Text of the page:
The viral hit “Supalonely”, a self-deprecating indie-pop track about Benee’s sadness and her tendency to get down on herself. Bennett sings about how she’s a “loser” and how she “shouldn’t be with” people when she’s feeling so miserable. She ends by calling herself a bunch of expletives and telling herself to get over it. Then Gus Dapperton comes out with his “funky little verse” as Benee puts it, and funky it is! The voice distortions behind the bouncy beat as it dips on Dapperton’s verse make for a fun song about the loneliness we all feel sometimes, especially during quarantine. This probably makes it no wonder that it became a breakout hit, and again, one of the things that make it work is its simplicity, its ability to relate to a wide variety of things, to a wide range of people. To some, it’s a breakup song. To some, it’s a kick in the face of loneliness. Whatever the case, it’s an earworm, and definitely deserving of its quarantine anthem title.
Up next, we have the sleeper hit “Monsta”. The mellow track seems to be about a monster hiding under the bed. The monster could be a metaphor for another broken relationship, as Benee sings “A monster takes me away/ From my safe space” meaning that a person could be taking her away from her comfortable environment. The lyrics leave the song up to interpretation, which probably is best for the track, as the calm tone is a nice come down from the relatively energetic songs we’ve heard prior. Benee’s calm yet emotional vocals also make for an intriguing listen. In the best way possible, I would fall asleep to this album.
Another mellow track plays right after “Monsta”, with “Drifting”, the earthy song with the extraterrestrial sounds in the background, discussing a trip through the cosmos with a “Robo boy”. Then Jack Berry drops a verse, the alleged “Robo boy” talks about how Benee wants to know him, but he refuses to do some things for her. Regardless though, they’re enjoying their time in space, as they find their way through the cosmos.
Ending this spacey, cruisy EP, comes “Blu”, a chill pop song showing two sides of a breakup. On one side, we have one character, singing “You weren’t helping me no/You’d make me feel so small” and how the relationship was dying, despite them thinking that they had found “the one”. They later sing how they were just feeling “blue” and unhappy, both in and out of the relationship. On the other hand, we have the second person, who is saying the other lover and them “always fought” and that they’re surprised that their partner took so long “to realize the love was gone” and that it’s better that they stay broken up.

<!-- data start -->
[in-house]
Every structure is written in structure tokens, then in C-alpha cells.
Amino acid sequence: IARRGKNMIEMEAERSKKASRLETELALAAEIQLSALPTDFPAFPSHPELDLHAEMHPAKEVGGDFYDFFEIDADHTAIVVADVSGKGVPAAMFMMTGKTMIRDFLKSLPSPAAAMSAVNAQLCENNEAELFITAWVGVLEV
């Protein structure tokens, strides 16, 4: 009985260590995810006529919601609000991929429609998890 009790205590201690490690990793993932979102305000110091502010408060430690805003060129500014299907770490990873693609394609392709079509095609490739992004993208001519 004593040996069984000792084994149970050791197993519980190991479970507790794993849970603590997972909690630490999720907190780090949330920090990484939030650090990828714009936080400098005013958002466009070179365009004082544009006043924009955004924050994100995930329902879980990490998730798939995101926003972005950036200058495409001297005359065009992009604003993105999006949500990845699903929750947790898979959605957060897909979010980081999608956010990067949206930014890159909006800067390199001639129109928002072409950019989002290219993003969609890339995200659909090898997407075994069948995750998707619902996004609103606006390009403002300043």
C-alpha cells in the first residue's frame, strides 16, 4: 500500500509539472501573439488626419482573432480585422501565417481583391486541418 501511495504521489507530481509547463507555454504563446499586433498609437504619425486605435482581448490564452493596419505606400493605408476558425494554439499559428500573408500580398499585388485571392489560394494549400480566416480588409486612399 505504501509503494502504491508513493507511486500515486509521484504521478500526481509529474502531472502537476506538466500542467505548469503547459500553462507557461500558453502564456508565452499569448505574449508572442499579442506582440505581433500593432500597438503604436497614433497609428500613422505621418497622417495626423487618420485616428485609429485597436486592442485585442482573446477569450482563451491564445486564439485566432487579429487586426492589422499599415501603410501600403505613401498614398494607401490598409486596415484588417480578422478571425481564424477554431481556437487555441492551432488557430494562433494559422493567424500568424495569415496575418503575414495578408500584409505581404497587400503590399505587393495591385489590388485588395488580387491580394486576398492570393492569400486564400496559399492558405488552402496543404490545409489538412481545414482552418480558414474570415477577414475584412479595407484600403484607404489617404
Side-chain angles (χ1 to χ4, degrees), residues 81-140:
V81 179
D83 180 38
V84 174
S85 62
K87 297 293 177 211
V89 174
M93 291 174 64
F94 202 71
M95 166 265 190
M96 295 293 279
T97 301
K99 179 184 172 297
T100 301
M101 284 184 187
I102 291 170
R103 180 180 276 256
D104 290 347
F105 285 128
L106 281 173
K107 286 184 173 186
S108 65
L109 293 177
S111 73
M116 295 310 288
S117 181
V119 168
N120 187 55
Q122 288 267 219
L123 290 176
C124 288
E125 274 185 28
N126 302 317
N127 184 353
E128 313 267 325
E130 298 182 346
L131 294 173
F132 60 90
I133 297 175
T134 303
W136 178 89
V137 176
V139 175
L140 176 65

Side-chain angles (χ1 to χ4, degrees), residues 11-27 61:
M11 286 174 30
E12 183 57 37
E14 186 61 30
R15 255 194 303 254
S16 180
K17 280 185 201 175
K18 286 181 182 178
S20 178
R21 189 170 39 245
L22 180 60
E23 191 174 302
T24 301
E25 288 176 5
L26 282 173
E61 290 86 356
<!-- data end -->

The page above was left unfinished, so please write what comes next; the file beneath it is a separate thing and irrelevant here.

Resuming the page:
Overall, both of these artists have such potential as the future of indie-pop. Their unique styles and upbeat/mellow pop tracks that showcase their vocal tracks make for great songs. Their simplicity to their lyrics allows for a wide range of emotions. Wolf said that she felt a wide range of emotions in the creation of her songs on I’m Allergic to Dogs, and I think this encapsulates the wide range of emotions that can be felt when writing pop songs. Both the emotions felt while writing the songs, and the emotions felt while listening to them. While Benee says that she wrote the song “Supalonely” as a clap back to her depressive tendencies, she now says she hears the song and “feels happy”. These are some of the many feelings pop can encapsulate; it doesn’t all have to be happy-go-lucky vibes or heartbreak anthems. Sometimes you can feel spells of rage, disappointment, and anxiety all while writing summer bangers and upbeat bouncy pop music. Pop is a lot of things, but to say it’s stale, or only shows one feeling, is simply untrue. There are many pop artists that are changing the way people feel about pop, and making a significant impact in the pop world. Remi Wolf and Benee are excellent examples of what pop can be a lot of times, and shows the artistry and emotion that can go into pop.
In my opinion, the best songs from I’m Allergic to Dogs were “Disco Man” and “Photo ID”, and the best songs on Stella & Steve were “Drifting” and “Find an Island”, but regardless, Benee and Remi Wolf are prime examples of what indie pop is and can be, and the wide range of feelings pop can produce. Both of them seem to have promising careers in their future, and I’m excited to see what comes next for these two artists!